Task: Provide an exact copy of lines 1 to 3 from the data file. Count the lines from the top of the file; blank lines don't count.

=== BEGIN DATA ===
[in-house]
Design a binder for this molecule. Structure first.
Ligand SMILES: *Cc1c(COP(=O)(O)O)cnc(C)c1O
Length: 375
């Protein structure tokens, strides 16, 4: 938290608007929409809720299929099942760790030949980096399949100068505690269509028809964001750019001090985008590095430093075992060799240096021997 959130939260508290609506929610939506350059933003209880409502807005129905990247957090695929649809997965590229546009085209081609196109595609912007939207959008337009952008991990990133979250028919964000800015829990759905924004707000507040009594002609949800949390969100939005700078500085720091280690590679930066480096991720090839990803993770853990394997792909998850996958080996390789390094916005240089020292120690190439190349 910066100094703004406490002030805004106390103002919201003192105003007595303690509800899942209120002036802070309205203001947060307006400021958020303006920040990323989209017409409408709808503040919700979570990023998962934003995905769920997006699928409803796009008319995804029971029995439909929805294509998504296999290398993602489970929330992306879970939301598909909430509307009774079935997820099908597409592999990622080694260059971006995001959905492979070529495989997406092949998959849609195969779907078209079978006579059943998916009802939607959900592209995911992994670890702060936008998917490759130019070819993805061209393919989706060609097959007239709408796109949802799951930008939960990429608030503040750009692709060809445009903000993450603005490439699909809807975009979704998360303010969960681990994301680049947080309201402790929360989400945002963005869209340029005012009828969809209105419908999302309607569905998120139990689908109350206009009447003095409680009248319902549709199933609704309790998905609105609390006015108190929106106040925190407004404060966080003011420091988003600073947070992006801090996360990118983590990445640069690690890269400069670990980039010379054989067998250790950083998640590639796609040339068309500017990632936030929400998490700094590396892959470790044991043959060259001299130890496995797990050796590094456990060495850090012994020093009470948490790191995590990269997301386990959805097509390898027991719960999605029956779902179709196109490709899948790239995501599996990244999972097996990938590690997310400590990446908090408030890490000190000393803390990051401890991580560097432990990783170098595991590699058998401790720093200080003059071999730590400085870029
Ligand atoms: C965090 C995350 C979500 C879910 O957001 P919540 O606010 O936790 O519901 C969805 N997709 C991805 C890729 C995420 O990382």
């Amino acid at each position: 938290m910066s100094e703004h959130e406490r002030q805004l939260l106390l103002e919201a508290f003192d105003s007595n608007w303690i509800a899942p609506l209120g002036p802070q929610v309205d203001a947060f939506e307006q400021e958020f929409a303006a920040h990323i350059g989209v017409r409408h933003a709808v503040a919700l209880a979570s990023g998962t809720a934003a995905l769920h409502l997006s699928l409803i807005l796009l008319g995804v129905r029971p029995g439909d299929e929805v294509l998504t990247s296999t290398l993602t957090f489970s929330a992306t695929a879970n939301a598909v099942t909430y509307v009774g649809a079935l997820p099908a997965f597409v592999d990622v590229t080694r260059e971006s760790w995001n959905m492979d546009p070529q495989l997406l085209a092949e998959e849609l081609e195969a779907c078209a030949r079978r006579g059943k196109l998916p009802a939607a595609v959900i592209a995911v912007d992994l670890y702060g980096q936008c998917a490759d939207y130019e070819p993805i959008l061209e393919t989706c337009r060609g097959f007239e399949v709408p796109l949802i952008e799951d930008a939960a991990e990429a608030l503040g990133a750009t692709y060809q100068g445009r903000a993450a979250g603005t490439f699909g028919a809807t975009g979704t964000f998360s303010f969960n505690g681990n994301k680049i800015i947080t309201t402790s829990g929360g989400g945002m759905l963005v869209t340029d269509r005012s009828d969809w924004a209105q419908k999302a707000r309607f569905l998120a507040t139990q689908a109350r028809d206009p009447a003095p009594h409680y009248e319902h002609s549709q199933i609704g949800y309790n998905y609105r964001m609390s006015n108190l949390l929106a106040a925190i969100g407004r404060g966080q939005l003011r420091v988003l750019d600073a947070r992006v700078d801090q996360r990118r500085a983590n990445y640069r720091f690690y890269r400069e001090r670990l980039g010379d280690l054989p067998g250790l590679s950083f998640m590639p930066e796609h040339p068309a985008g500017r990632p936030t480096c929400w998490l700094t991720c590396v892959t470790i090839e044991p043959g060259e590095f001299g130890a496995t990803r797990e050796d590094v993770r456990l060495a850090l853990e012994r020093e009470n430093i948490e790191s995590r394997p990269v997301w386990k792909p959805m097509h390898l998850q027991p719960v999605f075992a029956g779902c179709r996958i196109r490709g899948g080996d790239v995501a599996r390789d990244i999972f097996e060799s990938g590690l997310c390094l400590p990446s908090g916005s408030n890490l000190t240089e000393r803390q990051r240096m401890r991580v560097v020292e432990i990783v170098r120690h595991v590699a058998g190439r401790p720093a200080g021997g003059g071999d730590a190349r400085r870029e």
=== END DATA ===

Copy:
[in-house]
Design a binder for this molecule. Structure first.
Ligand SMILES: *Cc1c(COP(=O)(O)O)cnc(C)c1O